This is Isis Wenger.
Wenger, 22, is an engineer for OneLogin, a tech company in San Francisco. Wenger was recently featured in an ad campaign for the company along with four others.
According to an essay Wenger published on Medium Saturday, many people’s responses immediately brought her looks into the equation.
According to Facebook screenshots Wenger posted on Medium, several people wondered why OneLogin chose someone who looks like Wenger to represent female engineers, highlighting the sexism many women face in the science and technology fields.
“I think they want to appeal to women, but they are probably just appealing to dudes,” one post reads. “I’m curious [if] people find this quote remotely plausible and if women in particular buy this image of what a female software engineer looks like.”
Another comment pulled from the screenshot reads: “If their intention is to attract more women, then it would have been better to choose a picture with a warm, friendly smile rather than a sexy smirk.”
Wenger emphasized in her essay that there was no real pre-planning of the photo shoot, which took less than a day. Furthermore, she said the comments about whether she appealed to males or females or represented a typical female engineer were missing the point.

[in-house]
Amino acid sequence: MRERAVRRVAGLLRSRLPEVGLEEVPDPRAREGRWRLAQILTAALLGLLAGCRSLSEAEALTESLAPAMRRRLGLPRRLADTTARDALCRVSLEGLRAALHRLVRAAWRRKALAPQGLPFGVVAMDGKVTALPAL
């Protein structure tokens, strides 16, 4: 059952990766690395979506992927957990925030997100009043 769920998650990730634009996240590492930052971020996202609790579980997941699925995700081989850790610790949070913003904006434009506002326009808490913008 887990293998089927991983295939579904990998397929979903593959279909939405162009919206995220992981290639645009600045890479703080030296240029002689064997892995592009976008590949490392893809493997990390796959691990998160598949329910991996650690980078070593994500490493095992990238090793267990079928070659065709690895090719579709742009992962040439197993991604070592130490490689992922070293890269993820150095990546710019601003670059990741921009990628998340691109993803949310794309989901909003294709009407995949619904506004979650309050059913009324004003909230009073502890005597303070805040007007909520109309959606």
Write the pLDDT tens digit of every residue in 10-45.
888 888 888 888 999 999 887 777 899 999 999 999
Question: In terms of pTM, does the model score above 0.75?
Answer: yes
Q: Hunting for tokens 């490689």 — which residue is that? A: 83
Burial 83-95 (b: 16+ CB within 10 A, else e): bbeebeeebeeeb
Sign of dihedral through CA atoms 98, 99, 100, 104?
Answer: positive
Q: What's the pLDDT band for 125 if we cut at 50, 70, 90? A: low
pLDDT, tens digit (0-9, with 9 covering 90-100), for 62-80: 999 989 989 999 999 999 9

“News flash: this isn’t by any means an attempt to label ‘what female engineers look like,’ Wenger wrote. “This is literally just ME, an example of ONE engineer at OneLogin. The ad is supposed to be authentic. My words, my face, and as far as I am concerned, it is.”
After publishing the essay, Wenger turned to Twitter, asking female engineers to prove that no single face represents a female engineer.
— Isis Anchalee (@isisAnchalee) August 3, 2015
So far, the response has been incredible.
— Crystal J. Miller (@cjmperspectives) August 4, 2015
— Jolene Hayes (@JCHayes) August 3, 2015
— Marcos Caceres (@marcosc) August 4, 2015
— Jodi Jahic (@jodij) August 4, 2015
— dara (@daraoke) August 4, 2015
— Tracy Chou (@triketora) August 4, 2015
— Abbie Hutty (@a_hutty) August 4, 2015
— Kyle Anne (@explodedsoda) August 4, 2015
Someone made a website that catalogs every time someone uses the hashtag on Twitter or Instagram. New photos are added every minute.
Someone even made T-shirts.
This isn’t the first time women in engineering have spoken up about appearance-based discrimination.
In January, MIT student Alice Zielinski published an essay on Medium detailing her struggle to be taken seriously as a blonde female engineer.
As for Wenger, she’s been floored by the response so far.
“WOW! This is so overwhelmingly inspiring,” she wrote on Twitter. “I have so much gratitude for all of the support I have been receiving.”
@isisAnchalee you go, girl!! fantastic medium article. we can turn tech around, one step at a time
— Hanui Amy Choi (@hanuiamychoi) August 4, 2015